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4 Most Common Web Security Vulnerabilities


Attack vectors are increasingly exploiting web security vulnerabilities to breach enterprise systems and wreak havoc. However, calculating the cost of a vulnerability in monetary terms alone may not be enough to assess its full impact. A breach's effect on an organization's reputation is just as significant as the financial damage it causes.

According to a vulnerability and threads trend report, new vulnerabilities in operational technology (OT) devices have grown by 46 percent, meaning the frequency of exploitation of web security vulnerabilities has risen by an alarming proportion, necessitating stronger counter-measures.

What is web vulnerability?

Web vulnerability or web security vulnerability is a flaw or misconfiguration in the security framework of a website or a web app. Such vulnerabilities allow threat actors to gain illegitimate authority over the site and the data on it. These threat actors leverage different tools and techniques to scan for weaknesses in a system or application. Once they detect a flaw, they pollute the web app by distributing malicious content, stealing user credentials, or injecting a defacing code. According to an OPSWAT report, a majority of the companies remain concerned about secure file transfers while using a web application for file uploads.

Top 4 Web Security Vulnerabilities

1. SQL Injection

SQL injection is a widely known web security vulnerability, in which threat actors target the application's back-end. The attackers attempt to manipulate the SQL statements through user-supplied data. This way, the attacker attempts to inject unintended commands and tricks the application into divulging sensitive data.

Preventative measures

  • Consistently filter all user input using a strict whitelist

  • Offer the least privilege to all user accounts that use SQL queries to connect to databases within an application

  • Place a REST API in between the front-end and the back-end. Such customized REST APIs build an extra security layer that restricts the front-end users from directly running SQL queries

2. Broken authentication & session

Most websites generate session IDs and session cookies associated with each valid user session. These cookies comprise susceptible user information like ID, passwords, username, contact details, etc. Broken authentication is a vulnerability that attackers exploit to target user accounts when the cookies do not get invalidated, either during logout or when browsers get closed suddenly.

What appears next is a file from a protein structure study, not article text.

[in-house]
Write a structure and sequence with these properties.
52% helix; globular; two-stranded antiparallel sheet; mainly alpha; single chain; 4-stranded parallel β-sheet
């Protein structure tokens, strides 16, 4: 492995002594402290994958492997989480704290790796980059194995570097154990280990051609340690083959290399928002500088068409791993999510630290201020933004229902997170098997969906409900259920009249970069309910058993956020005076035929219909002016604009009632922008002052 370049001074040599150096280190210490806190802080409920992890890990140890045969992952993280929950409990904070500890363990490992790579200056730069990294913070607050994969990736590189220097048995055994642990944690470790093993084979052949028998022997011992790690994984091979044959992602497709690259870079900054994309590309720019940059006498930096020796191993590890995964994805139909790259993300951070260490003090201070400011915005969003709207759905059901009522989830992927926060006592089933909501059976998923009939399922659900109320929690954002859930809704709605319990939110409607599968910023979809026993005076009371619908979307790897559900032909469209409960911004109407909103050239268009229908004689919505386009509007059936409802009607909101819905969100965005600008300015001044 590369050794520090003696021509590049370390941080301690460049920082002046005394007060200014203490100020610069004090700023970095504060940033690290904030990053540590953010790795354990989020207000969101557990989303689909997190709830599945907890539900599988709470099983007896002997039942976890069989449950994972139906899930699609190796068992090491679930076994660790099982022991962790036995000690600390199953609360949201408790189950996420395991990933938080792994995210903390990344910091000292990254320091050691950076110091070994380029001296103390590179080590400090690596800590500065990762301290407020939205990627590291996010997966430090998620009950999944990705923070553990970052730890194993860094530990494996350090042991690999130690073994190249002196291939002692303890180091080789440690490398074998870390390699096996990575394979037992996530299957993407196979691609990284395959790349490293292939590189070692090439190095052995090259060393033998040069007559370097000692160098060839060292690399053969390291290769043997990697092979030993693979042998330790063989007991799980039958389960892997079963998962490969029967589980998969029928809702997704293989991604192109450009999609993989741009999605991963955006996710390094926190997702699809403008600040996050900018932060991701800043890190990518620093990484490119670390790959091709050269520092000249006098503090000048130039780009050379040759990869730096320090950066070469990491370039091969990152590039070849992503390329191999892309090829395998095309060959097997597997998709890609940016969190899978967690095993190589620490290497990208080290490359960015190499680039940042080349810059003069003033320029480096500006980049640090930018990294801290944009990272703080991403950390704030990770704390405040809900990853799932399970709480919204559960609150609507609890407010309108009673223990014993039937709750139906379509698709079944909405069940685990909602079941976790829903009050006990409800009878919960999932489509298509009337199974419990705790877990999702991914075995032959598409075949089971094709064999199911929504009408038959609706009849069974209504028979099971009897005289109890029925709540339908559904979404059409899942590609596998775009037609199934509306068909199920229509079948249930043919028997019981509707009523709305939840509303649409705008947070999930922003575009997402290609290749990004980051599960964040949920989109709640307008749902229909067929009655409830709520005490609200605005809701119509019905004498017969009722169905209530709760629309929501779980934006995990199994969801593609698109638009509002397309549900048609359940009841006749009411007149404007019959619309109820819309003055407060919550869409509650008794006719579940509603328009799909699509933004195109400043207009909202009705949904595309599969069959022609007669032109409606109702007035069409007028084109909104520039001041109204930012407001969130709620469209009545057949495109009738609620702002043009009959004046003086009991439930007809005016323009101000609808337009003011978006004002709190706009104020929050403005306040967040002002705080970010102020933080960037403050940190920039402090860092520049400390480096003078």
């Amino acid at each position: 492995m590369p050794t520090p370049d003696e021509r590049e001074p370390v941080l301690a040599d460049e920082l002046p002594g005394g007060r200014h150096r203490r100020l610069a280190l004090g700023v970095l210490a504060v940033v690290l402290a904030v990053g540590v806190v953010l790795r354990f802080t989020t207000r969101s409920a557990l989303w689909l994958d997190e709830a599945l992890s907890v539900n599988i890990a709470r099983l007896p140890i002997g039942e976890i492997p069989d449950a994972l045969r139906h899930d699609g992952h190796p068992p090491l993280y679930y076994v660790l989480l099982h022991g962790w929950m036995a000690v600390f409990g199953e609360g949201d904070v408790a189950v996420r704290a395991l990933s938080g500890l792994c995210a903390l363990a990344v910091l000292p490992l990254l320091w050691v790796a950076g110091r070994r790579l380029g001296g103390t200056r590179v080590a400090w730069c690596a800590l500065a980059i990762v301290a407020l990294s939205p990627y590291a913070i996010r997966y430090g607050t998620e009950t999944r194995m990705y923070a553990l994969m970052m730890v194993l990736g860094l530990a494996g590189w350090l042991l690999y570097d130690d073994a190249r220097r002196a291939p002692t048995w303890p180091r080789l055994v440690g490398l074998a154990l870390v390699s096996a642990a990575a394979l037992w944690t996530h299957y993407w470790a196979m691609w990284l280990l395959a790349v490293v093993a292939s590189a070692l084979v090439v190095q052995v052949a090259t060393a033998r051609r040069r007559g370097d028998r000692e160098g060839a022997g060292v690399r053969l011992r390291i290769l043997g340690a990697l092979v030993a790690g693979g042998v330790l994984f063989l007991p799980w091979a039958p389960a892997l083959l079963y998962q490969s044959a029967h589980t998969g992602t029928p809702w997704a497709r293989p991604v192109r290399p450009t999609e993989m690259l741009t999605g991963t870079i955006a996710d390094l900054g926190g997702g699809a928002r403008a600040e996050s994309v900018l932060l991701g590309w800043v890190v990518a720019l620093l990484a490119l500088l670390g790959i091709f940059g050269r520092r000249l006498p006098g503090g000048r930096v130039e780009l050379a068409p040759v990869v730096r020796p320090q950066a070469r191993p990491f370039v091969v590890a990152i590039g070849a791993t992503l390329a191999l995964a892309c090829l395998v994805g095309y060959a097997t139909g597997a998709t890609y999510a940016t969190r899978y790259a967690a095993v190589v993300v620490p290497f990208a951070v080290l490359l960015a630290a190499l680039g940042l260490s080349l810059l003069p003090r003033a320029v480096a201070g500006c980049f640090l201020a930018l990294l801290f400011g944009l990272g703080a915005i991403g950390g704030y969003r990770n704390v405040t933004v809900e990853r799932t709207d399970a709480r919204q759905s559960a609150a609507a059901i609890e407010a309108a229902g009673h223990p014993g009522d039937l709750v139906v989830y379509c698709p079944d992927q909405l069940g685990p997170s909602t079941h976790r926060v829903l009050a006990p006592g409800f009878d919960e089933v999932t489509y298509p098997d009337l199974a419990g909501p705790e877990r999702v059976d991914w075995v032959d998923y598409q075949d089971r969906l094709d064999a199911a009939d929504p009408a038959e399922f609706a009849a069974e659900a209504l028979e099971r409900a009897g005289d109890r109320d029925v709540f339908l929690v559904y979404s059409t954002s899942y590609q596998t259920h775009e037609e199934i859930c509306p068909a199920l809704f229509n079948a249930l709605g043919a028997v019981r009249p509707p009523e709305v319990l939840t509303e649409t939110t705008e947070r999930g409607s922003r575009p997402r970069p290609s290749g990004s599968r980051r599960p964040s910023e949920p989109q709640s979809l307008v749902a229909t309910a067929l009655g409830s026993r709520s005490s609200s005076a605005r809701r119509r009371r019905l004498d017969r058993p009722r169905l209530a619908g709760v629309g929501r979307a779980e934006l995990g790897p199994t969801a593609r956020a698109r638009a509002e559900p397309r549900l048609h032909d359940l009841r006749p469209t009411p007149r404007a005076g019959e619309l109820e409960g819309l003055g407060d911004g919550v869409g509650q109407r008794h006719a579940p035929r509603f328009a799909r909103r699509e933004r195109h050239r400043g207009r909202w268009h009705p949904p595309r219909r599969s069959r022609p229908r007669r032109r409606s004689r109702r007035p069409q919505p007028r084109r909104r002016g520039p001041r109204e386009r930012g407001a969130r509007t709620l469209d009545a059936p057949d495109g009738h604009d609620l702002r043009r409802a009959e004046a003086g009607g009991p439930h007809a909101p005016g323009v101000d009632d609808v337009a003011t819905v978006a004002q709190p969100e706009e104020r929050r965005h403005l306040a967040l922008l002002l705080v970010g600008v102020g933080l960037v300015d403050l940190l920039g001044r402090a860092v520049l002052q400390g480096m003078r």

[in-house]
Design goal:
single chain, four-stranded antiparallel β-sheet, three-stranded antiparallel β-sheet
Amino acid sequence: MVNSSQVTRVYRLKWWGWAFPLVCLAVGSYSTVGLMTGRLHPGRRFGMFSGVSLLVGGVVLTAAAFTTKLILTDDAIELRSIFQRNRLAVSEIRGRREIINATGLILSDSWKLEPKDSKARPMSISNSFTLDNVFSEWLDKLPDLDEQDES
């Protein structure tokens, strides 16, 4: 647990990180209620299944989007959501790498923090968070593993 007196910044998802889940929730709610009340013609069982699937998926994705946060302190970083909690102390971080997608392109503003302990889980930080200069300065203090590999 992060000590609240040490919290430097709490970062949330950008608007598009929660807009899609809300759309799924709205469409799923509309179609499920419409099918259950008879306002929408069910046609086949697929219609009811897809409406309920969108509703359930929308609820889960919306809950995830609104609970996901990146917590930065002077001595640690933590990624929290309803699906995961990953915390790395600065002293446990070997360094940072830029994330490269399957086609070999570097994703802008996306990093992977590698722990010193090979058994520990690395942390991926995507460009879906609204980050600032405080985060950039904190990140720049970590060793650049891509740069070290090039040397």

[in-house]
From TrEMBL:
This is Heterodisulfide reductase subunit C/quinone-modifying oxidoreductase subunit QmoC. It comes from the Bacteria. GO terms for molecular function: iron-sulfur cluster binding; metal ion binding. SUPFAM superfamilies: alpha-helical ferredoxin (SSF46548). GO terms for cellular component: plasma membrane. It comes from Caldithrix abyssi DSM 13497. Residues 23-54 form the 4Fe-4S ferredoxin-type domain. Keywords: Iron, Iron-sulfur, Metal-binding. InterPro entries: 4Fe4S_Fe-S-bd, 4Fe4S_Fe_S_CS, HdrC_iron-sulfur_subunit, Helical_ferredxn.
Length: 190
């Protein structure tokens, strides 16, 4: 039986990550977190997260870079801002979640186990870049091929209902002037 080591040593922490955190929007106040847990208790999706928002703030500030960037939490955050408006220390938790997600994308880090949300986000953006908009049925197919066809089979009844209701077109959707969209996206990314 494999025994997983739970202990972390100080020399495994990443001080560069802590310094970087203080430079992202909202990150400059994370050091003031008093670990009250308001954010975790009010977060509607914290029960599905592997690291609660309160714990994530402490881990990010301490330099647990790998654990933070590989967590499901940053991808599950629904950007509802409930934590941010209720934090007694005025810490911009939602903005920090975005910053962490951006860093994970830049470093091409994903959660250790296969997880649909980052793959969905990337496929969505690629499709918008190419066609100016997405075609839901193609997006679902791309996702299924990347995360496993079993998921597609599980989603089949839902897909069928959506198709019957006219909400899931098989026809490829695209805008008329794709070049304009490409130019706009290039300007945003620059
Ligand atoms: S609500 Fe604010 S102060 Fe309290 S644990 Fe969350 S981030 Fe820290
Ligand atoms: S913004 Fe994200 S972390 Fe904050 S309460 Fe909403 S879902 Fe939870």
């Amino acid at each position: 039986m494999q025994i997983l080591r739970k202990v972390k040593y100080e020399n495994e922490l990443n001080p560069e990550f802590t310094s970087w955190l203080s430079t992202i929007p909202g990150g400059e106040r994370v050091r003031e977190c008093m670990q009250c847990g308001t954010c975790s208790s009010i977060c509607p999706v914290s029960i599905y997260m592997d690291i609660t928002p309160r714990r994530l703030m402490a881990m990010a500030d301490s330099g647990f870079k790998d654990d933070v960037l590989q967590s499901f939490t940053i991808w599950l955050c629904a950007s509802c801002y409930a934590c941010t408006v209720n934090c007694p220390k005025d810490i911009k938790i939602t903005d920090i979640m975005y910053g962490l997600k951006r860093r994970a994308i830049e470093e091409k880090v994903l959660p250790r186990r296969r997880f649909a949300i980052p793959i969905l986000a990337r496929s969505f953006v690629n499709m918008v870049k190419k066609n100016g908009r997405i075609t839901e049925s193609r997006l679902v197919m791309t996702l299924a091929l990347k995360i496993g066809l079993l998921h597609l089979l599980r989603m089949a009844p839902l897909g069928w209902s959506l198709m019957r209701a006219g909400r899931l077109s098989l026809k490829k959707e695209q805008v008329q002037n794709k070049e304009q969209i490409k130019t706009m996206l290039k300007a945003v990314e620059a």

Preventative measures

  • Provide an option for multi-factor authentication for each account login

  • Ensure the application does not expose session ID in the URL

  • Implement proper hashing and salting of passwords

3. Cross-Site Scripting (XSS)

Cross-Site Scripting or XXS vulnerabilities target scripts embedded in a page that is executed on the client-side. These web security vulnerabilities occur when the web app accepts untrusted data and transmits it to the browser without correct validation. The attacker prepares malicious scripts, which the users trigger unintentionally. These malicious scripts help the threat actor gain control over the app or steal sensitive information from the app.

Preventative measures

  • Installing Web Application Firewalls

  • Disabling certain markup elements like <script>, <link>, <object>, and <embed> that enable running scripts

  • Upgrading web browsers as most up-to-date browsers come with an XSS detection and prevention mechanism, which does not allow malicious scripts to run

4. Cross-site Request Forgery (CSRF)

CSRF attacks occur when malicious email, links, or websites make the browser perform operations intended by cybercriminals on a trusted site authenticated by the user. A CSRF attack compels a logged victim to send a generated HTTP request, along with a session cookie, through the browser.

Preventative measures

  • Make sure that the application executes through HTTP/2 or HTTP/3 and not HTTP/1.0. HTTP/2 and 3 are faster and more reliable than HTTP/1.1

  • Double submission cookie practice is another way to protect web apps from CSRF attacks

  • If none of these techniques works, the web app development team should consult cyber security experts like Packetlabs to get a better idea of the current vulnerabilities.


Web security vulnerabilities can result in the theft of user information, loss of data, or even complete control of the web application by the attacker. It is important for companies to be aware of these vulnerabilities and take the necessary measures to protect their web applications.

Looking for support? Contact the Packetlabs team today!